India, Malaysia, the UAE and Indonesia are the countries most likely to support a completely cashless society, according to moneytransfers.com
Almost eight out of 10 people in India are in favour of the country’s economy becoming cashless. Out of these, more than 20 per cent said they would use digital mode of payment even on small purchases like buying a pack of chewing gum.
Nearly 65 per cent of those polled in Malaysia expressed confidence in a cashless economy while 63 per cent of consumers surveyed in the UAE and Indonesia were open to using digital forms of money, according to a report by the portal, which used the YouGov data to rank 21 countries likely to accept a fully cashless economy.
More than half of respondents in Vietnam, Singapore, Italy, the Philippines, and Thailand said they prefer to pay digitally when making a “very expensive” purchase such as buying a new electronic device.
Globally, Covid-19 is spurring faster adoption of digital payments and particularly contactless payments due to heightened awareness about infection spread through bank notes and plastic money.
With the “cashless movement” given a boost, more companies and customers are starting to shun traditional cash payments, London-based moneytransfers.com said.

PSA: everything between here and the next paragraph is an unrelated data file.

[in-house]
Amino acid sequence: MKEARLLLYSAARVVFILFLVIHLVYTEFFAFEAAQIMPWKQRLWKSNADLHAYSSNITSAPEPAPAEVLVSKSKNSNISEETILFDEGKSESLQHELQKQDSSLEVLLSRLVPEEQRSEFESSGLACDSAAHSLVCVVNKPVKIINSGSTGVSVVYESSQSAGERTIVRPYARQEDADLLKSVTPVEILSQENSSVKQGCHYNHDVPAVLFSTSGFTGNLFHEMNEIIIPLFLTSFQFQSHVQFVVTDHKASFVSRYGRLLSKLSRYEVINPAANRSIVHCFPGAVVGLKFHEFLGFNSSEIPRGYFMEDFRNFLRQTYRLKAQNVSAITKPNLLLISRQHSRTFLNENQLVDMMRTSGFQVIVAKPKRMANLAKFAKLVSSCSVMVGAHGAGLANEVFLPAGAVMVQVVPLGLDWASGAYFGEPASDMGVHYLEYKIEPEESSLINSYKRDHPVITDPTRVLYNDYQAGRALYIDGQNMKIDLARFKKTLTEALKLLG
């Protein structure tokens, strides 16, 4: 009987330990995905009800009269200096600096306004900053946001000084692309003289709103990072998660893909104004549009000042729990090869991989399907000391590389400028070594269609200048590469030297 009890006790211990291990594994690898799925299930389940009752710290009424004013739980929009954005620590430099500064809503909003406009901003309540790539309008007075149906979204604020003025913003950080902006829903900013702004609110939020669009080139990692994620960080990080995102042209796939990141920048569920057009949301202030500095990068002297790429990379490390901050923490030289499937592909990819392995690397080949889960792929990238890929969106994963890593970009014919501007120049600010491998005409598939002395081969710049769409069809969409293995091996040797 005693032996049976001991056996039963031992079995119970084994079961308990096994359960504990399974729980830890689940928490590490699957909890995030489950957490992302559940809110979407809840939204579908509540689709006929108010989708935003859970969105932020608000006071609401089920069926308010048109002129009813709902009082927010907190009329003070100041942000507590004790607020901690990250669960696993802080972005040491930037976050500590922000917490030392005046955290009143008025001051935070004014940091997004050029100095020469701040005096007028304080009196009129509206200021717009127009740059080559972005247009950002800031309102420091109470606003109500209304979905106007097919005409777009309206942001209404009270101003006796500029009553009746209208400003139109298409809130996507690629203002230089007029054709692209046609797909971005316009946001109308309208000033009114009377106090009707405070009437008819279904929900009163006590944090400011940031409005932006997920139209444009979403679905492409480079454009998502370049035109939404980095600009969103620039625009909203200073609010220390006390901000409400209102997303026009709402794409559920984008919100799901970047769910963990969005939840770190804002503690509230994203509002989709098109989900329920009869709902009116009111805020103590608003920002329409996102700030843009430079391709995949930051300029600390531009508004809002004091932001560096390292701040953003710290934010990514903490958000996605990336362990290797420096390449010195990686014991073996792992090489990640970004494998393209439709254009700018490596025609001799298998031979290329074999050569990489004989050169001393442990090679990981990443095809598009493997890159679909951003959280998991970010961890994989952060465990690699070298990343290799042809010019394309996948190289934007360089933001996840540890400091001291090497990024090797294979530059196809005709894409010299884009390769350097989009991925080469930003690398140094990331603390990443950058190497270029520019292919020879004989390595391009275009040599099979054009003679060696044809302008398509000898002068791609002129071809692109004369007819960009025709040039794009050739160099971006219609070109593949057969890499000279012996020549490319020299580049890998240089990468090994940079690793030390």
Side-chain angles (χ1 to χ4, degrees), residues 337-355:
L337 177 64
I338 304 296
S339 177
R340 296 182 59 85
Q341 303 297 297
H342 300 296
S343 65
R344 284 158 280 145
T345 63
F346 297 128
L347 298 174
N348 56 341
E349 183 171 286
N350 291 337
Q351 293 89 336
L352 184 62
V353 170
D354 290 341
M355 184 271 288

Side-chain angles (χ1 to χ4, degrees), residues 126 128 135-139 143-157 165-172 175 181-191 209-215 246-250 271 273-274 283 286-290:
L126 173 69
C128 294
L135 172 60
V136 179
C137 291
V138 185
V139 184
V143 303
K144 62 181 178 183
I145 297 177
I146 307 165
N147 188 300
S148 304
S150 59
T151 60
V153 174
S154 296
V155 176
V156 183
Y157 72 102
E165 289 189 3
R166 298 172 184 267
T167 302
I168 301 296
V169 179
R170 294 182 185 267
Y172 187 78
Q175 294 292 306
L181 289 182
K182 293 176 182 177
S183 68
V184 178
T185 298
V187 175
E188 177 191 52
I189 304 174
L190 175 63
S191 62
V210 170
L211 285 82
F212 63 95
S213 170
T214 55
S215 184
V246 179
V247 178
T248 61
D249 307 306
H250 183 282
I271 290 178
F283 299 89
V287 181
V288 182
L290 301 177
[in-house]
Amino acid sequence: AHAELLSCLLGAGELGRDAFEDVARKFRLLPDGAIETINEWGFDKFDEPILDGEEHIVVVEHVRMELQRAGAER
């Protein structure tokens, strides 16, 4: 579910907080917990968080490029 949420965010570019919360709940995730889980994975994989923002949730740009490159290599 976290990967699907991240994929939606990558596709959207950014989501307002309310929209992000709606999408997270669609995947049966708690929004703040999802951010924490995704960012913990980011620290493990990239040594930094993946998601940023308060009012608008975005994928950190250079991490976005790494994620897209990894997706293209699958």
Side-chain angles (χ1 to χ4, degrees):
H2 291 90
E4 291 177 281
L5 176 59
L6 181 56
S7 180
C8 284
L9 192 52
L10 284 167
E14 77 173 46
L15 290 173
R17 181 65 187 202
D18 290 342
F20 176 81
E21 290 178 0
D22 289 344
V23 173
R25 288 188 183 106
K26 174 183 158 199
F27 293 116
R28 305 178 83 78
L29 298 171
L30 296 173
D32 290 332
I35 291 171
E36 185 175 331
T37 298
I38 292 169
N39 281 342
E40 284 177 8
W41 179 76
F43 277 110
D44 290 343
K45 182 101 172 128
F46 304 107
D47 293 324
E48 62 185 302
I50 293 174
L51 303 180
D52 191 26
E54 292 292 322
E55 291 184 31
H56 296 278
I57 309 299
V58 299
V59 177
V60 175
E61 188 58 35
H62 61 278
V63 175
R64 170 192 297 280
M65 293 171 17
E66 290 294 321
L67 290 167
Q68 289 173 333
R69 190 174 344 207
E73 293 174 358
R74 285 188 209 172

It analysed the latest data from the YouGov, which interviewed 25,823 adults from 21 countries, to assess which countries in the world would prefer a cashless society.
Participating countries included Canada, India, the UK, Germany, France, Denmark, Sweden, the US, Italy, Spain, the UAE, Australia, China, Hong Kong, Indonesia, Malaysia, the Philippines, Singapore, Taiwan, Thailand and Vietnam.
Only 46 per cent of the respondents from China and Hong Kong said they preferred going fully cashless.
Covid-19 pandemic has affected almost every area of our lives and the money transfer industry is no different, moneytransfers.com said
“Due to the emergence of coronavirus, cashless payments are the preferred payment option for businesses and individuals … as the act of handing over banknotes could lead to an expedited spread of the virus,” it added.
Some of the advantages of a cashless society include these payments are eco-friendly, quicker, require zero human contact, boost users’ credit score and they would be cheaper to run for many countries, the report found.
More than half of respondents in the top six countries reveal they have used less cash since the pandemic outbreak.
Although India was the most receptive to becoming cashless, only 47 per cent of respondents have used cash less often since the coronavirus outbreak.